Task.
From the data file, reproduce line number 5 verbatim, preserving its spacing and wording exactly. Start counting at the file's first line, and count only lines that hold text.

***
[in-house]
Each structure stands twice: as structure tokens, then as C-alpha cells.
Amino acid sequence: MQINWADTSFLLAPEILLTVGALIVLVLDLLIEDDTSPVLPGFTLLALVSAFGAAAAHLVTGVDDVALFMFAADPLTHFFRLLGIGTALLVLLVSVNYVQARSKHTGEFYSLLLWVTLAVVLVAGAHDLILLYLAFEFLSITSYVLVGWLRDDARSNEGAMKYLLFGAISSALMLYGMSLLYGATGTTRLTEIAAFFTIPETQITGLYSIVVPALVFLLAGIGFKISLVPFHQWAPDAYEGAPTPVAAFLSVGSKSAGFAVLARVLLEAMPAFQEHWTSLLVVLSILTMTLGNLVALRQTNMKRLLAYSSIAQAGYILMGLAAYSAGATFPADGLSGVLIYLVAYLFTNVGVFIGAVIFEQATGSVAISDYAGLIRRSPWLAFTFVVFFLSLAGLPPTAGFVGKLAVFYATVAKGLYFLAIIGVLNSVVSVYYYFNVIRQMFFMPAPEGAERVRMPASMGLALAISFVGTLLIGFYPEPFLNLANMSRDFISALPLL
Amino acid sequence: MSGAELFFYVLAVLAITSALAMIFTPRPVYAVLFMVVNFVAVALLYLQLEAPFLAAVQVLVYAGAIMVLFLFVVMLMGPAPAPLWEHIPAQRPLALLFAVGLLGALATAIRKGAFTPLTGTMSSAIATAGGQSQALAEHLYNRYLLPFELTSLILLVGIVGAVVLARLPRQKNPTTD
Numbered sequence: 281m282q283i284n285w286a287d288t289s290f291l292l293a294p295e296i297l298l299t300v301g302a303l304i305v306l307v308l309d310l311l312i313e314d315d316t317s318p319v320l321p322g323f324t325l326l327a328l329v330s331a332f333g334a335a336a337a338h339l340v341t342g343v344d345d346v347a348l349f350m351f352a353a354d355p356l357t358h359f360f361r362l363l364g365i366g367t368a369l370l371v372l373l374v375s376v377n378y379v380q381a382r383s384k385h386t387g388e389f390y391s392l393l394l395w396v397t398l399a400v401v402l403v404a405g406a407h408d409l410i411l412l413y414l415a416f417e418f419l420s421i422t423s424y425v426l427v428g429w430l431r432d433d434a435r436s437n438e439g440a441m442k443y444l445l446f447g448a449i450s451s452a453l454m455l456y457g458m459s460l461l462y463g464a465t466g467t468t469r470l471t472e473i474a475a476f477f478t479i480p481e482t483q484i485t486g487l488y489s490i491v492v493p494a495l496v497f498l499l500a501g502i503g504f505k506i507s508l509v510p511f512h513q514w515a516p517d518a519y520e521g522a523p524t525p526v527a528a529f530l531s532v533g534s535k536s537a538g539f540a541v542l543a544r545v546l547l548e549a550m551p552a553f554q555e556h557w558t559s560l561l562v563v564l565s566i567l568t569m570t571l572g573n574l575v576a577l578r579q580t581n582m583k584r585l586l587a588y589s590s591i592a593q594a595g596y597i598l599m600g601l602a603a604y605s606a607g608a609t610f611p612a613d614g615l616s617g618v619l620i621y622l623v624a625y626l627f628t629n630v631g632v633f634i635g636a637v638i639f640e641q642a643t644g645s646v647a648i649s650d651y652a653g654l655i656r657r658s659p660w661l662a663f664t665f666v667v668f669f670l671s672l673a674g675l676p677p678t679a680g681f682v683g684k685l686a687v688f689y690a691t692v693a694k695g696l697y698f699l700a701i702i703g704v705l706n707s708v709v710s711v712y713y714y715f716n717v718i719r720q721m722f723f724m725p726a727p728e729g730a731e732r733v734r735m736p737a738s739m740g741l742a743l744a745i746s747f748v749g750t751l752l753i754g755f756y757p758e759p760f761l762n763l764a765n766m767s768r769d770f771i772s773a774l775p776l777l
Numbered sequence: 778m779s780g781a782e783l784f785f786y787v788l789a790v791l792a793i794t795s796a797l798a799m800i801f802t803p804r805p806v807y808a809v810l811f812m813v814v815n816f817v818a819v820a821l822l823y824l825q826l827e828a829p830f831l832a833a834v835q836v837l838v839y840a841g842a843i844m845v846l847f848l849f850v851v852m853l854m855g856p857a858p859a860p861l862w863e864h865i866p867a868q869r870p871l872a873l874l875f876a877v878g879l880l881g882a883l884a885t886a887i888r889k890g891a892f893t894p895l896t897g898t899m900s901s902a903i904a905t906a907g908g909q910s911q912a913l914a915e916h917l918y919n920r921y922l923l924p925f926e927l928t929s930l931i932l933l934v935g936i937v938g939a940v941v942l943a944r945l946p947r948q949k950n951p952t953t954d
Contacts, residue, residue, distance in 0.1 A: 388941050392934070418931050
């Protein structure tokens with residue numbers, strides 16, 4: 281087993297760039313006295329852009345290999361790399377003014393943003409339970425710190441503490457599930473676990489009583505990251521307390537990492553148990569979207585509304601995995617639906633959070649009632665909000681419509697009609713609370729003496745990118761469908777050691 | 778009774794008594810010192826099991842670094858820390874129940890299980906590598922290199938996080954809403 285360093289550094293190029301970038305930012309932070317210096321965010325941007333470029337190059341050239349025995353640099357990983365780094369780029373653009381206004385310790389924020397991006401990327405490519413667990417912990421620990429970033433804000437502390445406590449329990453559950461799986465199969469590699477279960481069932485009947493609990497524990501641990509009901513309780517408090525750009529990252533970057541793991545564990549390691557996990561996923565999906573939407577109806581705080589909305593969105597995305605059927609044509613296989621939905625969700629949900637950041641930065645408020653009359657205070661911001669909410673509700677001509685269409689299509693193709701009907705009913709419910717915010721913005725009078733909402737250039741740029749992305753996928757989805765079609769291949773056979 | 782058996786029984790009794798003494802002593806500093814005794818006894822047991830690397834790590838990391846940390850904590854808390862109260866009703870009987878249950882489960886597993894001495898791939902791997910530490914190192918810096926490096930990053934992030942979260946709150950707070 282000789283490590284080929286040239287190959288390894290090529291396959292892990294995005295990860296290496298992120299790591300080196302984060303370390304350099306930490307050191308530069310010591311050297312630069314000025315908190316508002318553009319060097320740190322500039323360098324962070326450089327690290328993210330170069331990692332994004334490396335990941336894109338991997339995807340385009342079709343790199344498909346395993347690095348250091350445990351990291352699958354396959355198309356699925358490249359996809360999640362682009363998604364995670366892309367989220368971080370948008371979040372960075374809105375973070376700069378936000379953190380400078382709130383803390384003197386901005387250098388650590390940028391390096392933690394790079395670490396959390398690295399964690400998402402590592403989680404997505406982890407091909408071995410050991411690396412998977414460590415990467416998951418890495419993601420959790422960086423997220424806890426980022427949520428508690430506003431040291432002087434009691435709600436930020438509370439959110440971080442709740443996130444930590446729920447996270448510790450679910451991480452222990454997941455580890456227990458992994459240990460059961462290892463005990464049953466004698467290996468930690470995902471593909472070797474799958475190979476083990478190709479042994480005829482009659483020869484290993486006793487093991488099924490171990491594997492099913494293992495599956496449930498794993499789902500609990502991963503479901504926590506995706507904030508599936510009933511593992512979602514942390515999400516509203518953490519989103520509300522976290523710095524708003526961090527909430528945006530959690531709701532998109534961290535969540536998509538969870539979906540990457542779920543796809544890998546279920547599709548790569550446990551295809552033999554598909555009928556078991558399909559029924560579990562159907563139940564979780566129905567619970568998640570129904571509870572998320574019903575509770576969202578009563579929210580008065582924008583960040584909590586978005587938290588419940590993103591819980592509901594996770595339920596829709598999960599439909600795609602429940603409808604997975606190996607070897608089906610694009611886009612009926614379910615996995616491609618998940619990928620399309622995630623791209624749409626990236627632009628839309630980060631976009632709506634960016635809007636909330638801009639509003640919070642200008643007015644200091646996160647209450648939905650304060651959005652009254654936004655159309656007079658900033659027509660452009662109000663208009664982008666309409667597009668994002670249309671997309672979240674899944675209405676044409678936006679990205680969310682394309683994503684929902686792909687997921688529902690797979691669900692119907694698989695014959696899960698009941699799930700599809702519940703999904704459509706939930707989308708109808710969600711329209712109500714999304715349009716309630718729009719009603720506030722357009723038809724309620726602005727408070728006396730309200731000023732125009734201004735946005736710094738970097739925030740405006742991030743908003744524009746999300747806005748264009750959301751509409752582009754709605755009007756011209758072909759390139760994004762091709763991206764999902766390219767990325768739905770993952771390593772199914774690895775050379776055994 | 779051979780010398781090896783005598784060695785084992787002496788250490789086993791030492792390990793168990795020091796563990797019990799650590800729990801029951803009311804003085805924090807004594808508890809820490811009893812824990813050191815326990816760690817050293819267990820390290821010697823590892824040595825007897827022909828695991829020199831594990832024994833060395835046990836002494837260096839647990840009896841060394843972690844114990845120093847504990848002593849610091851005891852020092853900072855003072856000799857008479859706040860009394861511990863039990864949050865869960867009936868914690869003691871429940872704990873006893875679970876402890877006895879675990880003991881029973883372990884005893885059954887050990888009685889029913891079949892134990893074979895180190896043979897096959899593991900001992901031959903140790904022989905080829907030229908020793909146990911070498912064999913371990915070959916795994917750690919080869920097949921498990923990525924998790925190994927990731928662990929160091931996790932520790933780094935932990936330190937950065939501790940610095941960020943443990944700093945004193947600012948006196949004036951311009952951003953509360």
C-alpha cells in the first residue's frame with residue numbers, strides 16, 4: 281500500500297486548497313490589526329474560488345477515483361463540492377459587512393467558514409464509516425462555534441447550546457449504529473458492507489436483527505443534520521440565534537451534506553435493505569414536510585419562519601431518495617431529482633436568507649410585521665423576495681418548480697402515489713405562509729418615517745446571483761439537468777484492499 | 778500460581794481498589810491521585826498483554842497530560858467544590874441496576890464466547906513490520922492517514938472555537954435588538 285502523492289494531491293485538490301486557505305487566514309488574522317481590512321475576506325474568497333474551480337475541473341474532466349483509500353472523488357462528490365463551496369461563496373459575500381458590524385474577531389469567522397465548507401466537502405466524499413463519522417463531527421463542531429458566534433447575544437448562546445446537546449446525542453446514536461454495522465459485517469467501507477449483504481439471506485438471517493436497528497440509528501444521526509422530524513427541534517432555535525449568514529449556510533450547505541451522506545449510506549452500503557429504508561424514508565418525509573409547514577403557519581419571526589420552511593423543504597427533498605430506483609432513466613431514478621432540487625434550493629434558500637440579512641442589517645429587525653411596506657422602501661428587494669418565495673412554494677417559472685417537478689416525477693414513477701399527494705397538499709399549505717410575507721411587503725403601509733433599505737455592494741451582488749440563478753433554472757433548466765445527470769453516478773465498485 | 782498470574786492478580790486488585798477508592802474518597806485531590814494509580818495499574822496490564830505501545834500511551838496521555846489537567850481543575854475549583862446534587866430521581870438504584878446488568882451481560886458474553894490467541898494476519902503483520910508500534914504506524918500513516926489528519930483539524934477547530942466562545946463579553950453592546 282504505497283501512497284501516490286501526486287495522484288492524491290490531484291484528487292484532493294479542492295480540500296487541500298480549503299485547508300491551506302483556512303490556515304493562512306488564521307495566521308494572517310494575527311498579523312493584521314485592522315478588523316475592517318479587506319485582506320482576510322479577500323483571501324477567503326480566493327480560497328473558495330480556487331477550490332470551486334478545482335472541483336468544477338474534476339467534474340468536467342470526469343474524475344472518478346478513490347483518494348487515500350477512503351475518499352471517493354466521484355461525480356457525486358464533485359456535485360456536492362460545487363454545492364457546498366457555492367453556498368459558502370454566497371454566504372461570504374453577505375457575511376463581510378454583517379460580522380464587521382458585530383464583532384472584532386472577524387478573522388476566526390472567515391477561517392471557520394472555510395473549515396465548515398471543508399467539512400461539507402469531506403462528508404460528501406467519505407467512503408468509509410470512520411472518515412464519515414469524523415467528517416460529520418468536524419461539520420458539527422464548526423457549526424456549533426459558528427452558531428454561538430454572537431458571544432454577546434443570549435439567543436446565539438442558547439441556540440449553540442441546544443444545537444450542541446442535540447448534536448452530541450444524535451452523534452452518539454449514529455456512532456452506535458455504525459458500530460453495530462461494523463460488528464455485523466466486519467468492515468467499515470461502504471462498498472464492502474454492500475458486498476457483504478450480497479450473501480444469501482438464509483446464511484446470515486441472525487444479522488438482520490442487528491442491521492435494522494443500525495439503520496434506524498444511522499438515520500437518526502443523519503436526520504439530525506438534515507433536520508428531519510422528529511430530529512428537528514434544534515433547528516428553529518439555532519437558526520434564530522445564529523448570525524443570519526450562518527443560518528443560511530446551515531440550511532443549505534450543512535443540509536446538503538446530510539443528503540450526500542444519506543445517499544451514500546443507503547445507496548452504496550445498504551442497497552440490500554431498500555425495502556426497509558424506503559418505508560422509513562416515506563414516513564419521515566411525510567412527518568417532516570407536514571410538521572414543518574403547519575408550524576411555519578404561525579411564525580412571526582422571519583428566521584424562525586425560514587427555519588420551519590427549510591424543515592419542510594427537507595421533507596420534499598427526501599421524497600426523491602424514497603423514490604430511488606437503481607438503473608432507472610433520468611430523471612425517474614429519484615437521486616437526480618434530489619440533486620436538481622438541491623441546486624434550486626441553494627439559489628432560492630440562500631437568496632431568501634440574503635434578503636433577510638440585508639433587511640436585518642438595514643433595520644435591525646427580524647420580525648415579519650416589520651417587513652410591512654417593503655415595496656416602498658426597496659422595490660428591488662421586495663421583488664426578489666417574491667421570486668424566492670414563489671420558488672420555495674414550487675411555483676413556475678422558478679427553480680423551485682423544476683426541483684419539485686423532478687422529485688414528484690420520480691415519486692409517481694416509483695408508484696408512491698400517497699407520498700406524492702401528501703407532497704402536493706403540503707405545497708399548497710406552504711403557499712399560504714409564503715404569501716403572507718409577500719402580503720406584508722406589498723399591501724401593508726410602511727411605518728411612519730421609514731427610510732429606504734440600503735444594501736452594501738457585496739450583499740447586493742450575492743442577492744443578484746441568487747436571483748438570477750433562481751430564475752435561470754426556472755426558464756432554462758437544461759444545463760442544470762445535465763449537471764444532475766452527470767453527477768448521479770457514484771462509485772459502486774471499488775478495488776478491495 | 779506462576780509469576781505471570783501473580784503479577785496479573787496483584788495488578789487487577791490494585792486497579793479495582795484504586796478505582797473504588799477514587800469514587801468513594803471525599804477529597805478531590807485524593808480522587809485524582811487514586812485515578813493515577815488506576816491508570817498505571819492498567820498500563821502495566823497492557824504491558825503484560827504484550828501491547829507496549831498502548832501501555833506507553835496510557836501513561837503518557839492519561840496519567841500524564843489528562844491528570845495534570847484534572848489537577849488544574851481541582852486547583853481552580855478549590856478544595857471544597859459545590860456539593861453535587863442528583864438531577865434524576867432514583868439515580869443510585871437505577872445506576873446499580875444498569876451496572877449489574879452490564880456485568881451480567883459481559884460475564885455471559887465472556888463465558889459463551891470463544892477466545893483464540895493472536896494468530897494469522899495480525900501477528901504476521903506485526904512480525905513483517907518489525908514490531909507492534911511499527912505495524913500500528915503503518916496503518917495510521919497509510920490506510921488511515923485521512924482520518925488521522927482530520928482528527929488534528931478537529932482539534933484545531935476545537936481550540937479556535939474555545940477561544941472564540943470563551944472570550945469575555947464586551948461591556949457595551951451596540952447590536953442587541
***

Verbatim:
Numbered sequence: 281m282q283i284n285w286a287d288t289s290f291l292l293a294p295e296i297l298l299t300v301g302a303l304i305v306l307v308l309d310l311l312i313e314d315d316t317s318p319v320l321p322g323f324t325l326l327a328l329v330s331a332f333g334a335a336a337a338h339l340v341t342g343v344d345d346v347a348l349f350m351f352a353a354d355p356l357t358h359f360f361r362l363l364g365i366g367t368a369l370l371v372l373l374v375s376v377n378y379v380q381a382r383s384k385h386t387g388e389f390y391s392l393l394l395w396v397t398l399a400v401v402l403v404a405g406a407h408d409l410i411l412l413y414l415a416f417e418f419l420s421i422t423s424y425v426l427v428g429w430l431r432d433d434a435r436s437n438e439g440a441m442k443y444l445l446f447g448a449i450s451s452a453l454m455l456y457g458m459s460l461l462y463g464a465t466g467t468t469r470l471t472e473i474a475a476f477f478t479i480p481e482t483q484i485t486g487l488y489s490i491v492v493p494a495l496v497f498l499l500a501g502i503g504f505k506i507s508l509v510p511f512h513q514w515a516p517d518a519y520e521g522a523p524t525p526v527a528a529f530l531s532v533g534s535k536s537a538g539f540a541v542l543a544r545v546l547l548e549a550m551p552a553f554q555e556h557w558t559s560l561l562v563v564l565s566i567l568t569m570t571l572g573n574l575v576a577l578r579q580t581n582m583k584r585l586l587a588y589s590s591i592a593q594a595g596y597i598l599m600g601l602a603a604y605s606a607g608a609t610f611p612a613d614g615l616s617g618v619l620i621y622l623v624a625y626l627f628t629n630v631g632v633f634i635g636a637v638i639f640e641q642a643t644g645s646v647a648i649s650d651y652a653g654l655i656r657r658s659p660w661l662a663f664t665f666v667v668f669f670l671s672l673a674g675l676p677p678t679a680g681f682v683g684k685l686a687v688f689y690a691t692v693a694k695g696l697y698f699l700a701i702i703g704v705l706n707s708v709v710s711v712y713y714y715f716n717v718i719r720q721m722f723f724m725p726a727p728e729g730a731e732r733v734r735m736p737a738s739m740g741l742a743l744a745i746s747f748v749g750t751l752l753i754g755f756y757p758e759p760f761l762n763l764a765n766m767s768r769d770f771i772s773a774l775p776l777l